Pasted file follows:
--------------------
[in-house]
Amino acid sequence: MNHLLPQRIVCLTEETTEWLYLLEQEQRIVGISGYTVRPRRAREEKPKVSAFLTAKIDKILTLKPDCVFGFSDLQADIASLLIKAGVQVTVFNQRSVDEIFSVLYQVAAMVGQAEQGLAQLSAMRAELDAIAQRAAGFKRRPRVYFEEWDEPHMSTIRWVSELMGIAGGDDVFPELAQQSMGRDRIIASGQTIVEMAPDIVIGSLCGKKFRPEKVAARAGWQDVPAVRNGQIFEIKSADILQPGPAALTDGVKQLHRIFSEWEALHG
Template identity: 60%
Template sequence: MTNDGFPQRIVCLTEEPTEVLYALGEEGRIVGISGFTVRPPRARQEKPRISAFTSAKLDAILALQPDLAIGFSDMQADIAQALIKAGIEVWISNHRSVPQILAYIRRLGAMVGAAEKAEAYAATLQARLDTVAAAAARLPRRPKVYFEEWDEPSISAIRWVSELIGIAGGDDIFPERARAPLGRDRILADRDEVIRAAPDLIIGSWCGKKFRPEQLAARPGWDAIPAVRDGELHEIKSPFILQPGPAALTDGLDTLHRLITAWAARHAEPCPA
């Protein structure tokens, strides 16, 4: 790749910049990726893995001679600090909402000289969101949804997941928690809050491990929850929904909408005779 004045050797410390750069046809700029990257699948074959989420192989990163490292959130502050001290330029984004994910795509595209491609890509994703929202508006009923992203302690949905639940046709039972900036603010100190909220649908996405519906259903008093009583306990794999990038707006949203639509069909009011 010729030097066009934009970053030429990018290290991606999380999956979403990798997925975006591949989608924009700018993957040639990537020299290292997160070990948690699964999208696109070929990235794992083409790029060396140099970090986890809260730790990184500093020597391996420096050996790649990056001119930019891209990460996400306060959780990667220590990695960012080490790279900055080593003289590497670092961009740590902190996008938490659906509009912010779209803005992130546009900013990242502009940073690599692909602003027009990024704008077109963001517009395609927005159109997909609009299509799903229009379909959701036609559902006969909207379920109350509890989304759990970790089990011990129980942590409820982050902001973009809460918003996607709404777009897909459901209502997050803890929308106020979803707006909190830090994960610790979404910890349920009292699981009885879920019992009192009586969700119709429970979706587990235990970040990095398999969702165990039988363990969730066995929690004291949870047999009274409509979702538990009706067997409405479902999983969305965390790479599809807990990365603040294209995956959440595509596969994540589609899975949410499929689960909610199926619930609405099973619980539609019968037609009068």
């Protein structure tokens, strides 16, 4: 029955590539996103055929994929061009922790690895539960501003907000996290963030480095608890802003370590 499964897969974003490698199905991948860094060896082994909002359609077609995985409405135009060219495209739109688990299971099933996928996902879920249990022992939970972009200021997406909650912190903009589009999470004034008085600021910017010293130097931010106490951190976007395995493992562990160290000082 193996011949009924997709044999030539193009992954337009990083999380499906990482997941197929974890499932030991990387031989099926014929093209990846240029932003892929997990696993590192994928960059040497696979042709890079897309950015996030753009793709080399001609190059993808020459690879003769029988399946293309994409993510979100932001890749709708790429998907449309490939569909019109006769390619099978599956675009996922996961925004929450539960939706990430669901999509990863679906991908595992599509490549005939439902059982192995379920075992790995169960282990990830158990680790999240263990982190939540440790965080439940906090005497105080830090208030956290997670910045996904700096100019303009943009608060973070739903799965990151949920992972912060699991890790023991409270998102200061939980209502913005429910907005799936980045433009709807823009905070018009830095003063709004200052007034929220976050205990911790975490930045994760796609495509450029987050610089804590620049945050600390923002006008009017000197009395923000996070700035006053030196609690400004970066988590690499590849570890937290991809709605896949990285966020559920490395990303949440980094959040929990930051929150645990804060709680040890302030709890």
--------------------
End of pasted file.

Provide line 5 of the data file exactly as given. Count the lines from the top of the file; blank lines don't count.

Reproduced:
């Protein structure tokens, strides 16, 4: 790749910049990726893995001679600090909402000289969101949804997941928690809050491990929850929904909408005779 004045050797410390750069046809700029990257699948074959989420192989990163490292959130502050001290330029984004994910795509595209491609890509994703929202508006009923992203302690949905639940046709039972900036603010100190909220649908996405519906259903008093009583306990794999990038707006949203639509069909009011 010729030097066009934009970053030429990018290290991606999380999956979403990798997925975006591949989608924009700018993957040639990537020299290292997160070990948690699964999208696109070929990235794992083409790029060396140099970090986890809260730790990184500093020597391996420096050996790649990056001119930019891209990460996400306060959780990667220590990695960012080490790279900055080593003289590497670092961009740590902190996008938490659906509009912010779209803005992130546009900013990242502009940073690599692909602003027009990024704008077109963001517009395609927005159109997909609009299509799903229009379909959701036609559902006969909207379920109350509890989304759990970790089990011990129980942590409820982050902001973009809460918003996607709404777009897909459901209502997050803890929308106020979803707006909190830090994960610790979404910890349920009292699981009885879920019992009192009586969700119709429970979706587990235990970040990095398999969702165990039988363990969730066995929690004291949870047999009274409509979702538990009706067997409405479902999983969305965390790479599809807990990365603040294209995956959440595509596969994540589609899975949410499929689960909610199926619930609405099973619980539609019968037609009068």